A wiffle ball is an odd sort of ball — a hollow plastic sphere with lots of holes cut away in a particular pattern. It makes for odd-seeming physics. For a deep-announcer-voiced-with-pounding-music look at what wiffle balls do, see the video below.
Dana Mackenzie in Wired magazine wrote a report called “Mechanical Engineer Explains the Secrets of the Wiffle Ball“. (Thanks to investigator Scott Langill for bringing this to our attention.) The hero of the tale is Professor Jenn Rossmann [pictured here] of Lafayette College.
Rossmann’s research was presented in 2003 at a scientific meeting: “Aerodynamics of Wiffle Balls,” Alexis Utvich, Colin Jemmott, Sheldon Logan and Jenn Rossmann, American Physical Society, Division of Fluid Dynamics 56th Annual Meeting, November 23-25, 2003, East Rutherford, New Jersey, MEETING ID: DFD03, abstract #MJ.005. The abstract explains:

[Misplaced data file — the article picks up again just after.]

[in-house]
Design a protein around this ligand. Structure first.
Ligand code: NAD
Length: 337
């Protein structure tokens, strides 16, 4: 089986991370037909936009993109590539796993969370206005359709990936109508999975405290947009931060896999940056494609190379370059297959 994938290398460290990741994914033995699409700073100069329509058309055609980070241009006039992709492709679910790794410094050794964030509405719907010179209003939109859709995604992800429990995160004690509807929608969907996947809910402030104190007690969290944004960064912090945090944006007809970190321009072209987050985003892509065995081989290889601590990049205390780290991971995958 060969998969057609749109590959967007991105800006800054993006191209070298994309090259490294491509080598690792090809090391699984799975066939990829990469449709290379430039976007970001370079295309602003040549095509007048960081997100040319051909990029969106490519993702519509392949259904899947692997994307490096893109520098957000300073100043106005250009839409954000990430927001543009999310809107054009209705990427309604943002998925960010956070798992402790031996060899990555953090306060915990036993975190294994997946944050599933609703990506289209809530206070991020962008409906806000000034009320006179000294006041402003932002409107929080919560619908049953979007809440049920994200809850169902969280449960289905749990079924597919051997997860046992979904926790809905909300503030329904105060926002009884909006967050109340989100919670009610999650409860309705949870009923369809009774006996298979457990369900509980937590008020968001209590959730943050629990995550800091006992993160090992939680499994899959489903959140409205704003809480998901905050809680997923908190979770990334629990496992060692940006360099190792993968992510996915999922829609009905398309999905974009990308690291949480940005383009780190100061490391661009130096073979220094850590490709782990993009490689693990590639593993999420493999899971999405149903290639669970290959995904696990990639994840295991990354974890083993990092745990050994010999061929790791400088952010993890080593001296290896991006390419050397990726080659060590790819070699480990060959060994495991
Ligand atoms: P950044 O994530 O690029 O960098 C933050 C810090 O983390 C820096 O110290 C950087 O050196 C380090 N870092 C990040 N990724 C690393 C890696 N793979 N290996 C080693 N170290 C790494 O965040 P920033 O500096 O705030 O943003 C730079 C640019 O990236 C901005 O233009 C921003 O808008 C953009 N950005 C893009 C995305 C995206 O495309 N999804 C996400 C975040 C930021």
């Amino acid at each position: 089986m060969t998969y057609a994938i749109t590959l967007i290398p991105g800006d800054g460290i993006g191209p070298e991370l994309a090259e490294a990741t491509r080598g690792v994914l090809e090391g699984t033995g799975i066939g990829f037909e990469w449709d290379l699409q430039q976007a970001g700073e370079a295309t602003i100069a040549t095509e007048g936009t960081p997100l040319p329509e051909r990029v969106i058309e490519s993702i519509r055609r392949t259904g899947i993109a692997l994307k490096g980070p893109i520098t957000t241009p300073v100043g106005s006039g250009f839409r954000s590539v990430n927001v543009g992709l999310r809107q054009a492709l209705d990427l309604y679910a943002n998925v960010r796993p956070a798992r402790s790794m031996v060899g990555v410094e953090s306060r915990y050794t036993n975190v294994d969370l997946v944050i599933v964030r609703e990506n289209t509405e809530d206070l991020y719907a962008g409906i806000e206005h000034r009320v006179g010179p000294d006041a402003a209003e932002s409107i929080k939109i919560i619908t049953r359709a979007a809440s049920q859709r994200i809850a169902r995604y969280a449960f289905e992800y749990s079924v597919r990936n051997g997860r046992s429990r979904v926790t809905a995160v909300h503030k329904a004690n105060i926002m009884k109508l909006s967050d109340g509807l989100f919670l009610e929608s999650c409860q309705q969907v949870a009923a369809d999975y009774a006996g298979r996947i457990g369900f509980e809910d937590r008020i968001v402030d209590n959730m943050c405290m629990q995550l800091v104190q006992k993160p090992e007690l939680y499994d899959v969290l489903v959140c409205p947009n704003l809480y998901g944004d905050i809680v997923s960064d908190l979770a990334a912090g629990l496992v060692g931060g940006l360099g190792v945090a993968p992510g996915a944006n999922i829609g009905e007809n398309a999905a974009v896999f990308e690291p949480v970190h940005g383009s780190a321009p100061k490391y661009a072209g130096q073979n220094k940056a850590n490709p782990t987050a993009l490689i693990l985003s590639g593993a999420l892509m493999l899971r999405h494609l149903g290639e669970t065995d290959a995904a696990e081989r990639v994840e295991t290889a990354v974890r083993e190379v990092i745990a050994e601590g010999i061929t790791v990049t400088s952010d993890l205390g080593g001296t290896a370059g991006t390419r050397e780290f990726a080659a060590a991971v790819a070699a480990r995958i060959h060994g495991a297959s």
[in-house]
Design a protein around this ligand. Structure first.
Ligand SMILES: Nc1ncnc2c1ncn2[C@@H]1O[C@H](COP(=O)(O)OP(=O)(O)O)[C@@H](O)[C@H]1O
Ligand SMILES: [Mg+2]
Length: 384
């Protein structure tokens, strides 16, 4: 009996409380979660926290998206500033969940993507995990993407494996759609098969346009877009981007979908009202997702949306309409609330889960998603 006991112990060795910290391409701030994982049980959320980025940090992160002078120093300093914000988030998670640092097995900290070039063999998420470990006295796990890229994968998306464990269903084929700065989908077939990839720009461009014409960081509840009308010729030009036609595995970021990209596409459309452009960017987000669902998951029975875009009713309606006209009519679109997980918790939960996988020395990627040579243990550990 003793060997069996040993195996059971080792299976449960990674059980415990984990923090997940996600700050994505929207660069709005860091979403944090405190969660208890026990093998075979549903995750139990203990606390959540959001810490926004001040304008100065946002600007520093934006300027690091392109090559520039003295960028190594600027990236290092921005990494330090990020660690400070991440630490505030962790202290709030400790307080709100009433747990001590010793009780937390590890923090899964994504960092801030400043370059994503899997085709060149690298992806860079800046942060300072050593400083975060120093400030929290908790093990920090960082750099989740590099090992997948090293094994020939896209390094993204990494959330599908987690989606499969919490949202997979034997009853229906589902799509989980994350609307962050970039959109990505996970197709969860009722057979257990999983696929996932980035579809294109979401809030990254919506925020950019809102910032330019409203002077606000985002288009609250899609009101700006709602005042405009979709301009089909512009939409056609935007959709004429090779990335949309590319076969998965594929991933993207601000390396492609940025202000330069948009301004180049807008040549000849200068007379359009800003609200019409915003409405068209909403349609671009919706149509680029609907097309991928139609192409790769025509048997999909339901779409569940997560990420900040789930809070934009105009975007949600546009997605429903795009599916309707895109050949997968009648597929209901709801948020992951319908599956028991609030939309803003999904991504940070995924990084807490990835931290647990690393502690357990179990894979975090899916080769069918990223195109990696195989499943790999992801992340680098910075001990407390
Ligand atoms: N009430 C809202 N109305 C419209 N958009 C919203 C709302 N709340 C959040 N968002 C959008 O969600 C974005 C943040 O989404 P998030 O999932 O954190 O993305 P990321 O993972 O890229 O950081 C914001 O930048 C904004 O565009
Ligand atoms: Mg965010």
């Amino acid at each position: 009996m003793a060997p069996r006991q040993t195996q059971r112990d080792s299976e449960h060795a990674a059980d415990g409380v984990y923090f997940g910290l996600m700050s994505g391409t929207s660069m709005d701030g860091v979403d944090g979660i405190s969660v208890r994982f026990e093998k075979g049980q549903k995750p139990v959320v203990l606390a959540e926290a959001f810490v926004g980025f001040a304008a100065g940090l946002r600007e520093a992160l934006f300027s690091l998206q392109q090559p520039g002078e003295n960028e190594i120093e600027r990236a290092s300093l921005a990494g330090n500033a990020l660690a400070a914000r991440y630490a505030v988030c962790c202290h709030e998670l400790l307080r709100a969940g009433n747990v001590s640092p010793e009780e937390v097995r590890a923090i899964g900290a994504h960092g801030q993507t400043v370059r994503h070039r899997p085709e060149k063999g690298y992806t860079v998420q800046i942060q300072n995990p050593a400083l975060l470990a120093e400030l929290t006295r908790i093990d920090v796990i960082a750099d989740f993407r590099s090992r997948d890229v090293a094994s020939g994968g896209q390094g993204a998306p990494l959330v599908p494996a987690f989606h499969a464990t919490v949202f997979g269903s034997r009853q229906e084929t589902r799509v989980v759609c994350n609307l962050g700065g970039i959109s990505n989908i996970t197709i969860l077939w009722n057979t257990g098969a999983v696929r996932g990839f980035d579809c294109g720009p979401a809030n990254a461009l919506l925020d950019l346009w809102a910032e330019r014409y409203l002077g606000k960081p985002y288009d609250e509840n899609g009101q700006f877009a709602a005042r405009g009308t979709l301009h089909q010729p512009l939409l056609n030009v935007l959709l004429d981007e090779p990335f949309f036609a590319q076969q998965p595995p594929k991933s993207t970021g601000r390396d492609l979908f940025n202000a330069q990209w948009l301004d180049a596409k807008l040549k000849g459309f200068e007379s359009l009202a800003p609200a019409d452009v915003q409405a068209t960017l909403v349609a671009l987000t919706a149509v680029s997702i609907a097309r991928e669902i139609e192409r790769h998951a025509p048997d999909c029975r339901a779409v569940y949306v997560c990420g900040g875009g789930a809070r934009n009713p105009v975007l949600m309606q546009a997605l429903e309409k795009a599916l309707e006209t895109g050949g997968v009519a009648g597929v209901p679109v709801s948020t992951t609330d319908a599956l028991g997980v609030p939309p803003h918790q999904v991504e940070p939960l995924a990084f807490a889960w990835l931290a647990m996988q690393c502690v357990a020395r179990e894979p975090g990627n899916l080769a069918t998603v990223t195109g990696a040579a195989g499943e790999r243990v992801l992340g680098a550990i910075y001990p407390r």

“A team of undergraduate students has performed experiments on Wiffle balls in the Harvey Mudd College wind tunnel facility. Wiffle balls are of particular interest because they can attain a curved trajectory with little or no pitcher-imparted spin. The reasons behind this have not previously been quantified formally…. A fog-based flow visualization system was developed in order to provide a deeper qualitative understanding of what occurred in the flowfield surrounding the ball. The data and observations obtained in this study support existing assumptions about Wiffle ball aerodynamics and begin to elucidate the mechanisms involved in Wiffle ball flight.”